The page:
Andy Couturier’s book, The Abundance of Less, draws on profiles of people rejecting city life in favour of a rural existence. Originally written for The Japan Times from 1999-2000, they explore the lives of individuals who have chosen to live with “less” in spite of a culture that urges “more”. Japan urbanised decades ago, but China is rapidly catching up, and a consumerist culture is taking root. This makes Couturier’s message of purposeful minimalism particularly relevant today.
Published in 2010 under the title A Different Kind of Luxury, Couturier returns to Japan after the 2011 Fukushima disaster to follow-up with his subjects. Each one lives a frugal life in the countryside, with some spending as little as US$2,500 dollars per year.
Their motivations are manifold. Some draw inspiration from Indian philosophy, others from a desire to grow their own food, or spend time with their children and partners. Others seek more time for reflective tasks: writing, woodblock printing, calligraphy, pottery, poetry or music.
What emerges from the narratives is a picture of conventional priorities upended. Time – the abundance of it, freedom over it, reverence for its passing – is brought up by many of his subjects.
Several of the stories are tinged with a sense of despair at humanity’s capacity for destruction. There are strong arguments against nuclear power and weapons, for example. The bombings of Hiroshima and Nagasaki in 1945 and the 2011 Fukushima disaster have cast a long shadow over the peaceful rural existence of many in Japan.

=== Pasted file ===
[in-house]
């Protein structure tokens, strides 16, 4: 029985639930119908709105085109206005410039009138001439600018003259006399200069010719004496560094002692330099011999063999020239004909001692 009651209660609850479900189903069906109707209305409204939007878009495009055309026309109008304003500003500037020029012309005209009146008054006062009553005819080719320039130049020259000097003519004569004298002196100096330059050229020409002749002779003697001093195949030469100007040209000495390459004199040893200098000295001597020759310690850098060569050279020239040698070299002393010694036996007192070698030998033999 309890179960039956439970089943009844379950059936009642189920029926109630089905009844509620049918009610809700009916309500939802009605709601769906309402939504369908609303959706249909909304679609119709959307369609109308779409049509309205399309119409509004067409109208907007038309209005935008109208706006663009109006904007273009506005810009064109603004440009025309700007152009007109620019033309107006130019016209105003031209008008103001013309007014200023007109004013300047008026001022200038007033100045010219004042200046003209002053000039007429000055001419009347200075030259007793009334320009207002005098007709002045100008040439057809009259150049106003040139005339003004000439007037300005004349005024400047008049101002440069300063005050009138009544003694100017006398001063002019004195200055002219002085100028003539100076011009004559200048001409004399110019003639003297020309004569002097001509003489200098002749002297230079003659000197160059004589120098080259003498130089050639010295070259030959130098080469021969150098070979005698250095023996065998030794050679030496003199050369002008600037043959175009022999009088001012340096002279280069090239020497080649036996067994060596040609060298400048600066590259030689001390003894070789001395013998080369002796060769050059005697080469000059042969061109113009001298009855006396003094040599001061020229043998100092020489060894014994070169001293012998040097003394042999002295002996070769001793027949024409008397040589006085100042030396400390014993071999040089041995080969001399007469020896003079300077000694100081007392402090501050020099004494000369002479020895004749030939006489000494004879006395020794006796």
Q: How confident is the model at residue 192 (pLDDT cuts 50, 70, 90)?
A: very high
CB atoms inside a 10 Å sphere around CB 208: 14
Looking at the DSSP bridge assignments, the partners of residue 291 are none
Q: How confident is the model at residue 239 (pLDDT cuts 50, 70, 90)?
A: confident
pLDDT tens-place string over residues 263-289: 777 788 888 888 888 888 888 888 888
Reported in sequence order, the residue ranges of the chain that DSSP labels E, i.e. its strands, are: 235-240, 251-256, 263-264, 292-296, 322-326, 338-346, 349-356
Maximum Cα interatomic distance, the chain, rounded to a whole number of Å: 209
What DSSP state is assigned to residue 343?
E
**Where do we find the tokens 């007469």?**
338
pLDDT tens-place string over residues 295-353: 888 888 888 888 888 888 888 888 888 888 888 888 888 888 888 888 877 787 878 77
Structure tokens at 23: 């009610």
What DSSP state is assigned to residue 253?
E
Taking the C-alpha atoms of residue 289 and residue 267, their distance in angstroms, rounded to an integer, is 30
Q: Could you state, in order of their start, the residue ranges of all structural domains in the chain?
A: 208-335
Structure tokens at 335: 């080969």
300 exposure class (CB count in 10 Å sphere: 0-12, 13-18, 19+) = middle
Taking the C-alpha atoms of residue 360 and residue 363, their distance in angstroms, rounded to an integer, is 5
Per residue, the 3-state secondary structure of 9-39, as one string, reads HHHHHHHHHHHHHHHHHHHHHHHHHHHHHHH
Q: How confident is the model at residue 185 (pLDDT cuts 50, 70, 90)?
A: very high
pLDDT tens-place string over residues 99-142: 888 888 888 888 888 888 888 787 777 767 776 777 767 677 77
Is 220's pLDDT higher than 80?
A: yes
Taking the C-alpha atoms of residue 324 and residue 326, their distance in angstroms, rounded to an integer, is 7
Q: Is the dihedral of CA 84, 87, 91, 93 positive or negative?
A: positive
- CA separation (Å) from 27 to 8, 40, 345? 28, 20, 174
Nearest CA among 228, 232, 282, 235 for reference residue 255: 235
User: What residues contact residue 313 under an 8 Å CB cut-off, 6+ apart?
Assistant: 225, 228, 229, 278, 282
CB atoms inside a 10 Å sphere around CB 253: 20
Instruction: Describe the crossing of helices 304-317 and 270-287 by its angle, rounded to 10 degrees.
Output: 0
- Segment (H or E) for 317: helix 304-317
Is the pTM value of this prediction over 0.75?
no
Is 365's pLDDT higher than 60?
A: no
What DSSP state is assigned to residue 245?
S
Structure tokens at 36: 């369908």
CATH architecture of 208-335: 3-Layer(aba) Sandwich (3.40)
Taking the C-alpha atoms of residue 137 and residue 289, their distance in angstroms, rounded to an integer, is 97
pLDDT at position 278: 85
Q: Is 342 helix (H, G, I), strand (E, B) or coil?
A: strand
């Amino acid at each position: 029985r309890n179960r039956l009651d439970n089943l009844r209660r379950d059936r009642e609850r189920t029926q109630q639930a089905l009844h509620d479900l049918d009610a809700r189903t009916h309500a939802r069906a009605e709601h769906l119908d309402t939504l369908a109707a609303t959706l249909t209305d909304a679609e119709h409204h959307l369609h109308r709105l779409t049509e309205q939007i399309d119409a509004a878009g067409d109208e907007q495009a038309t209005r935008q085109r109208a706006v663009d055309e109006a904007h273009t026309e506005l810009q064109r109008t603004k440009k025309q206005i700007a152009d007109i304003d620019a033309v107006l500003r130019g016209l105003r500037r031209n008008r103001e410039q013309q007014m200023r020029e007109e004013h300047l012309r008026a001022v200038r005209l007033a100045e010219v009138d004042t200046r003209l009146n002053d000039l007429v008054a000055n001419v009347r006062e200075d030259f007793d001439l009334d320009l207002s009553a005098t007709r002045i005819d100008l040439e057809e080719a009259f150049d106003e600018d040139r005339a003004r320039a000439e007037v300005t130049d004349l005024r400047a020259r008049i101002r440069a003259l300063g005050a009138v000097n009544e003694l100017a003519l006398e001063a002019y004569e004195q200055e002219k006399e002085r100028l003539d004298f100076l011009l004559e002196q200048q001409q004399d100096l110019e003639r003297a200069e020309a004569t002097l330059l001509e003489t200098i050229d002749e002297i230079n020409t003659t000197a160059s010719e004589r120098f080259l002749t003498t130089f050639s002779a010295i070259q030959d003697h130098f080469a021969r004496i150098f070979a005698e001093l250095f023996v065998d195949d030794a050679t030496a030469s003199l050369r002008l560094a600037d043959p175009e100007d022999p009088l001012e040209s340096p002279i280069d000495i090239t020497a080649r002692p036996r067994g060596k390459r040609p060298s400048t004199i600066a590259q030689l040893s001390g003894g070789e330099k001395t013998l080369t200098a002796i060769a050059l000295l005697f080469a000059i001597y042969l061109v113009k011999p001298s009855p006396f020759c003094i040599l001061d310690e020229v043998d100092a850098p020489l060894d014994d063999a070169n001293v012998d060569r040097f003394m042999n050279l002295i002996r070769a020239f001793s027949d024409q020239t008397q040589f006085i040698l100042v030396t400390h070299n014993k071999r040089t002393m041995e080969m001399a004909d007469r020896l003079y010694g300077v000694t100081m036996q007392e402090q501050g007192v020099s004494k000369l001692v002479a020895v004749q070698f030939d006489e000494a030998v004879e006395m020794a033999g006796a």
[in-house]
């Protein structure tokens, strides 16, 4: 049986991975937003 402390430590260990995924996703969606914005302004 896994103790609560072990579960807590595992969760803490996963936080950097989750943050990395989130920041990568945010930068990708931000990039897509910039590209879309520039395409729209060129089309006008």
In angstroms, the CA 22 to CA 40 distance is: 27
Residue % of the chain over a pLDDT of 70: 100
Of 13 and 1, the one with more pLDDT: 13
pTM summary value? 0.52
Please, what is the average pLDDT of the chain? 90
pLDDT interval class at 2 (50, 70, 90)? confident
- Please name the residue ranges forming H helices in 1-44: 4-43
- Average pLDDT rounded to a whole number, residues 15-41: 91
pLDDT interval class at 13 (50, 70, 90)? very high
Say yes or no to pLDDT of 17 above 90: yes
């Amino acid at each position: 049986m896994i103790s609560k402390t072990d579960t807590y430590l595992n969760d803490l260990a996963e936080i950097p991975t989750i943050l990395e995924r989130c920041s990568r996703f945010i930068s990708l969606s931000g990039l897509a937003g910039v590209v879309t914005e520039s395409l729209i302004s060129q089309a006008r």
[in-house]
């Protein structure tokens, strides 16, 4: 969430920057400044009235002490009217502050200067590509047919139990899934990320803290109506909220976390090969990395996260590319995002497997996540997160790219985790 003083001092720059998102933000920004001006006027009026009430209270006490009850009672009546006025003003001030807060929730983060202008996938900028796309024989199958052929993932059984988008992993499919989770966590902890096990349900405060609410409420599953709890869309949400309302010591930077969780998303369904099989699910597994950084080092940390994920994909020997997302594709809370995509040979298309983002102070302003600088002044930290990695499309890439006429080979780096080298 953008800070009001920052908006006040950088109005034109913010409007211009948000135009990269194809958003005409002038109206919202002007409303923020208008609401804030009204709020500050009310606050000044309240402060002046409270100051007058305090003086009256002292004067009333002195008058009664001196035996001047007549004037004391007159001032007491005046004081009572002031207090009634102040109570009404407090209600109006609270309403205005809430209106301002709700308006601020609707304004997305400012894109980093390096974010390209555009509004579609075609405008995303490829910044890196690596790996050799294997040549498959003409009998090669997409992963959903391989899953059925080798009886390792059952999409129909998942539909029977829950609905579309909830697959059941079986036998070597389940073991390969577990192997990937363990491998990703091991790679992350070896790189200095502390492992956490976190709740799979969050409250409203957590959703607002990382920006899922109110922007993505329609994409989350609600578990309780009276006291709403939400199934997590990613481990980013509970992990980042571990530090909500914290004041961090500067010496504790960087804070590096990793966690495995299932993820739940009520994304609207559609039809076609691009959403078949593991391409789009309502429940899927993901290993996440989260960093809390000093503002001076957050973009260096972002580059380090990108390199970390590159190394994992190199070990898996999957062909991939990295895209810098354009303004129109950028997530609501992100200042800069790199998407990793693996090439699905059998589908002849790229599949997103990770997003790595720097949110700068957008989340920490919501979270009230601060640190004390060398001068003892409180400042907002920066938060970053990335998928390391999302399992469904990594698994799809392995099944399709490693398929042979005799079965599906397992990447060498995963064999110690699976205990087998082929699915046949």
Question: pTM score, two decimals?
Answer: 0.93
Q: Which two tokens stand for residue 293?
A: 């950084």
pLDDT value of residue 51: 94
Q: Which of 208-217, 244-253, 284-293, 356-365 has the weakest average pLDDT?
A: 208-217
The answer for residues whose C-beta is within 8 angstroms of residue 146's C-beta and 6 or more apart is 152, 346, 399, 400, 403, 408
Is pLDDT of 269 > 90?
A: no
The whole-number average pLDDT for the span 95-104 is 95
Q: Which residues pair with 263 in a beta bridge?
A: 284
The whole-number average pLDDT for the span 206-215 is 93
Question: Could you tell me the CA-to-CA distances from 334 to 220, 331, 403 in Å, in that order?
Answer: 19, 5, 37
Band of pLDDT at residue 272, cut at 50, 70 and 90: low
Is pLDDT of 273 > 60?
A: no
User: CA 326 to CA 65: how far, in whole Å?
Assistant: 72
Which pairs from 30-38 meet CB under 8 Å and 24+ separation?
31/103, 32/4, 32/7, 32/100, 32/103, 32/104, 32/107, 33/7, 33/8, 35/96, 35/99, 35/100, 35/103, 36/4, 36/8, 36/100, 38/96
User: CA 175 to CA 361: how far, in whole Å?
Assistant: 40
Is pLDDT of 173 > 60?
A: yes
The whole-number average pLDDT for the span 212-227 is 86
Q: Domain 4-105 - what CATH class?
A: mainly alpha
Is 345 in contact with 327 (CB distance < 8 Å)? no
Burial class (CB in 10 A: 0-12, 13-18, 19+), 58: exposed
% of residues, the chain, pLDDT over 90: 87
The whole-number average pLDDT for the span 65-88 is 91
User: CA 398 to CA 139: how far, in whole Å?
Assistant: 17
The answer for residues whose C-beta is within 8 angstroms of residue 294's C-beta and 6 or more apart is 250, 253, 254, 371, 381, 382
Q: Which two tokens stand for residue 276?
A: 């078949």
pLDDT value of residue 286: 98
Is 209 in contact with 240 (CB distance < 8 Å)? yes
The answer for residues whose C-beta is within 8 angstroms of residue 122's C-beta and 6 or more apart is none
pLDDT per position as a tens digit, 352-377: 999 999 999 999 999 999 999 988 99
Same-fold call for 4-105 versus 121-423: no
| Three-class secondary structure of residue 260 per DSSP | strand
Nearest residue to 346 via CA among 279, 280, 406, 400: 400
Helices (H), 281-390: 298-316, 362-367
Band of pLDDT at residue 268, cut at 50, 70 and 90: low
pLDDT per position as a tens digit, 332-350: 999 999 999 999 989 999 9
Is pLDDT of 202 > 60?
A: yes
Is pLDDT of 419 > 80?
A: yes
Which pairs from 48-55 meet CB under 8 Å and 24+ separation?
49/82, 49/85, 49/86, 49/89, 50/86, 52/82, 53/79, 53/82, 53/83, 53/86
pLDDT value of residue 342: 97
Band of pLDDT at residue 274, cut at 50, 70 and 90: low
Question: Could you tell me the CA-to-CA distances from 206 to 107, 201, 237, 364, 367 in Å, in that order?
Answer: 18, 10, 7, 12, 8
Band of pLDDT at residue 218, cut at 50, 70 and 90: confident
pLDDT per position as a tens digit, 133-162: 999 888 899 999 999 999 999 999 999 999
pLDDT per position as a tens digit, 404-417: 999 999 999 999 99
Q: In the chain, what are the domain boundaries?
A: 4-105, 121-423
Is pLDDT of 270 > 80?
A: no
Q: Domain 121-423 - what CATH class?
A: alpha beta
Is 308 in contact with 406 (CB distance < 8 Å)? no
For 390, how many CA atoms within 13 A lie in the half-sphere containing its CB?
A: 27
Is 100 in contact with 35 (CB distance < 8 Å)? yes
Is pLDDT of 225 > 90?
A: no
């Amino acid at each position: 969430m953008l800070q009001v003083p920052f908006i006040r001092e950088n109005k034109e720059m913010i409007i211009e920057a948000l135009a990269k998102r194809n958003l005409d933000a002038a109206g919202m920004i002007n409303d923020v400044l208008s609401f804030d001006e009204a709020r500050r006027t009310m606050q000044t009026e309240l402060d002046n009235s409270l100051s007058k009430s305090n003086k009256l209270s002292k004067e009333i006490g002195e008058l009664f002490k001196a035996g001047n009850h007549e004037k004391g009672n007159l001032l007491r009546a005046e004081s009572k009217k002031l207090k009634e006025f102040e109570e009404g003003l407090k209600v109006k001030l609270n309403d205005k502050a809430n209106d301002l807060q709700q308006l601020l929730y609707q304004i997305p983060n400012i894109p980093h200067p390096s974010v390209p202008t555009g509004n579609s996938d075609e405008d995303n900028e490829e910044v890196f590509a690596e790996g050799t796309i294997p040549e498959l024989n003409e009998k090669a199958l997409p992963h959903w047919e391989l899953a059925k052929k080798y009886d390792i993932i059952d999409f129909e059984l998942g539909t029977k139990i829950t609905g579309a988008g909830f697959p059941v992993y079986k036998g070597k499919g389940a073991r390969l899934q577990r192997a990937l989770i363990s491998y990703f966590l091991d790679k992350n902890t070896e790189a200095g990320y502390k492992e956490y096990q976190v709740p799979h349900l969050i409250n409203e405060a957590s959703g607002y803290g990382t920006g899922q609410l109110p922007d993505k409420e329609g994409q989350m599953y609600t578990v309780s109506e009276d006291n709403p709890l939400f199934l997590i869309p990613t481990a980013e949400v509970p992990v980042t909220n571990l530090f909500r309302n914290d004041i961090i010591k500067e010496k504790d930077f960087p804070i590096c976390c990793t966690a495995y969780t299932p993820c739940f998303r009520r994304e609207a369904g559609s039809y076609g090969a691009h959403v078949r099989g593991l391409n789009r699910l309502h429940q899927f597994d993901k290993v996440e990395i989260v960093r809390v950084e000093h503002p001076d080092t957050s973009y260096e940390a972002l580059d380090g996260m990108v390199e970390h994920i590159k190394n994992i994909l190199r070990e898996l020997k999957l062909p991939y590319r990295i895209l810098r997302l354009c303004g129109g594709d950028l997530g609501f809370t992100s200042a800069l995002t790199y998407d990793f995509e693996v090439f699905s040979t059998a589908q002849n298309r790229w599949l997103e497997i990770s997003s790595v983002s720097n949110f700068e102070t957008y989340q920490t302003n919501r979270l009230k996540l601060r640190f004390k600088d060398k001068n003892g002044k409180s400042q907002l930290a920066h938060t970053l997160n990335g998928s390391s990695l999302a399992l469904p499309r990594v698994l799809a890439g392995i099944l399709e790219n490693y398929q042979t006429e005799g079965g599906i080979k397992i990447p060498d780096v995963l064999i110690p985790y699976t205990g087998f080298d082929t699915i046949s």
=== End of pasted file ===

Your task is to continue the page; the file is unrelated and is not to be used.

One man, Masanori Oe, keeps a flame in a brass lantern from the 1945 Hiroshima atomic bombing. The flame has survived seven decades since the blast. It was first kept for 20 years by a grieving mother who believed that the spirit of her son, who was killed in the attack, lived in its flames. The small blaze was then nursed by a Buddhist monk who walked with it across the country as a symbol for peace. Oe will only hold it for so long before passing it on.
San Oizumi, a radical anarchist and potter, bakes bread from grain that is grown in the fallout zone to highlight public fears of food contamination despite official claims of safety; a symbolic statement intended to break through the conventional patterns of anti-nuclear discourse.
Nuclear power seems emblematic of so much in the book, of excess and extremity, of modernisation, of short-term thinking that risks harm to future generations and the environment.
San Oizumi, a radical anarchist and potter, bakes bread from grain that is grown in the fallout zone to highlight public fears of food contamination
A few is enough
Ultimately, the book is a close examination of the lives of just ten countryside-dwelling individuals, who hold little political power and live far outside the typical benchmarks of success defined by their wealthy nation. It is also about individual choice in the face of collective pressure.
After a recent book talk at a café in Beijing’s commercial centre, the author expounded on the environmental problems caused by the current system of globalised capitalism.
“If it's a really unsustainable system, what does that mean? It means at some point it won't keep going.” Asked about the relevance of the stories to China, he replied: “If China is on this trajectory of intense fossil fuel usage and consumerism plus urbanisation (the message of this book) is incredibly relevant.”
Antidote to alienation
The Abundance of Less makes a case for stepping back and disentangling ourselves from the complications of modern life. It urges disengagement with the cycles of consumption, waste, comfort, exhaustion, exploitation, environmental destruction, greed and unhappiness that have grown to typify life in many cities.
Couturier is not an impartial observer, but he carries a clear message. “It's difficult to know what the future brings but radically reducing consumption has got to be a key part of the answer to our environmental problems,” he said.